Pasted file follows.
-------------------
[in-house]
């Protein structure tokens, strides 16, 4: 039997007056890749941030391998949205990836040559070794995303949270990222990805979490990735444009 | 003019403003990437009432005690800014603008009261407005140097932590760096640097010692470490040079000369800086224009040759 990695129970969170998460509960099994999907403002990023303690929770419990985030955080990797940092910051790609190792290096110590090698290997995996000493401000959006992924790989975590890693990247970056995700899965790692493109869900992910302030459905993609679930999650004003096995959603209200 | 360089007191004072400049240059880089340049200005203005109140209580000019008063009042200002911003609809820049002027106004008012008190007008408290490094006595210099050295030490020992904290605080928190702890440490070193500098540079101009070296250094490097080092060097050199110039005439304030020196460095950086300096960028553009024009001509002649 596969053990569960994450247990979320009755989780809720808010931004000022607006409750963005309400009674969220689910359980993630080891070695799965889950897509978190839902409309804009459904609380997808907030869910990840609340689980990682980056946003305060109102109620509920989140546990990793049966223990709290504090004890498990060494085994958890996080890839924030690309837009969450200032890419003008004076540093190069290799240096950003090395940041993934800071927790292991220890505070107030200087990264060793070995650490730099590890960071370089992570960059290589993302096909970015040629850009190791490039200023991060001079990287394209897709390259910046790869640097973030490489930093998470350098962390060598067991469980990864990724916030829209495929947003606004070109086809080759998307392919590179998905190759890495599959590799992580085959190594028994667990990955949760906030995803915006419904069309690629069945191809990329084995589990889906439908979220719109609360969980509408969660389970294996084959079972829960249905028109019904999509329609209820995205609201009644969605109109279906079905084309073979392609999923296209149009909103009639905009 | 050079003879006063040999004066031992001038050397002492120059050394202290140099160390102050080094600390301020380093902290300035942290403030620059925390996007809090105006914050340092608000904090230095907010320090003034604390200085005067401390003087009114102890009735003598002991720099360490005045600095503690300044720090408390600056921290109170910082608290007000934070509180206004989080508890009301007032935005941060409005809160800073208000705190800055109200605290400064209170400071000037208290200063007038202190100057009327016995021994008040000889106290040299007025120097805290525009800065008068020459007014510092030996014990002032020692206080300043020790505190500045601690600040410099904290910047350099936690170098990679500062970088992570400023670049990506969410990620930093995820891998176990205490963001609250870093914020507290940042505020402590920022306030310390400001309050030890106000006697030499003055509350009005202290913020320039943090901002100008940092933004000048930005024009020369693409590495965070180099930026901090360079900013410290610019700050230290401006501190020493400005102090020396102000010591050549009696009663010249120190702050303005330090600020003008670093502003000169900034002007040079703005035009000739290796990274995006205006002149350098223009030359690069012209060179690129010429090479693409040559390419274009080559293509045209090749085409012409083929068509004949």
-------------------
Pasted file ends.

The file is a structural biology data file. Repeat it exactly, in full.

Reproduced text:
[in-house]
């Protein structure tokens, strides 16, 4: 039997007056890749941030391998949205990836040559070794995303949270990222990805979490990735444009 | 003019403003990437009432005690800014603008009261407005140097932590760096640097010692470490040079000369800086224009040759 990695129970969170998460509960099994999907403002990023303690929770419990985030955080990797940092910051790609190792290096110590090698290997995996000493401000959006992924790989975590890693990247970056995700899965790692493109869900992910302030459905993609679930999650004003096995959603209200 | 360089007191004072400049240059880089340049200005203005109140209580000019008063009042200002911003609809820049002027106004008012008190007008408290490094006595210099050295030490020992904290605080928190702890440490070193500098540079101009070296250094490097080092060097050199110039005439304030020196460095950086300096960028553009024009001509002649 596969053990569960994450247990979320009755989780809720808010931004000022607006409750963005309400009674969220689910359980993630080891070695799965889950897509978190839902409309804009459904609380997808907030869910990840609340689980990682980056946003305060109102109620509920989140546990990793049966223990709290504090004890498990060494085994958890996080890839924030690309837009969450200032890419003008004076540093190069290799240096950003090395940041993934800071927790292991220890505070107030200087990264060793070995650490730099590890960071370089992570960059290589993302096909970015040629850009190791490039200023991060001079990287394209897709390259910046790869640097973030490489930093998470350098962390060598067991469980990864990724916030829209495929947003606004070109086809080759998307392919590179998905190759890495599959590799992580085959190594028994667990990955949760906030995803915006419904069309690629069945191809990329084995589990889906439908979220719109609360969980509408969660389970294996084959079972829960249905028109019904999509329609209820995205609201009644969605109109279906079905084309073979392609999923296209149009909103009639905009 | 050079003879006063040999004066031992001038050397002492120059050394202290140099160390102050080094600390301020380093902290300035942290403030620059925390996007809090105006914050340092608000904090230095907010320090003034604390200085005067401390003087009114102890009735003598002991720099360490005045600095503690300044720090408390600056921290109170910082608290007000934070509180206004989080508890009301007032935005941060409005809160800073208000705190800055109200605290400064209170400071000037208290200063007038202190100057009327016995021994008040000889106290040299007025120097805290525009800065008068020459007014510092030996014990002032020692206080300043020790505190500045601690600040410099904290910047350099936690170098990679500062970088992570400023670049990506969410990620930093995820891998176990205490963001609250870093914020507290940042505020402590920022306030310390400001309050030890106000006697030499003055509350009005202290913020320039943090901002100008940092933004000048930005024009020369693409590495965070180099930026901090360079900013410290610019700050230290401006501190020493400005102090020396102000010591050549009696009663010249120190702050303005330090600020003008670093502003000169900034002007040079703005035009000739290796990274995006205006002149350098223009030359690069012209060179690129010429090479693409040559390419274009080559293509045209090749085409012409083929068509004949």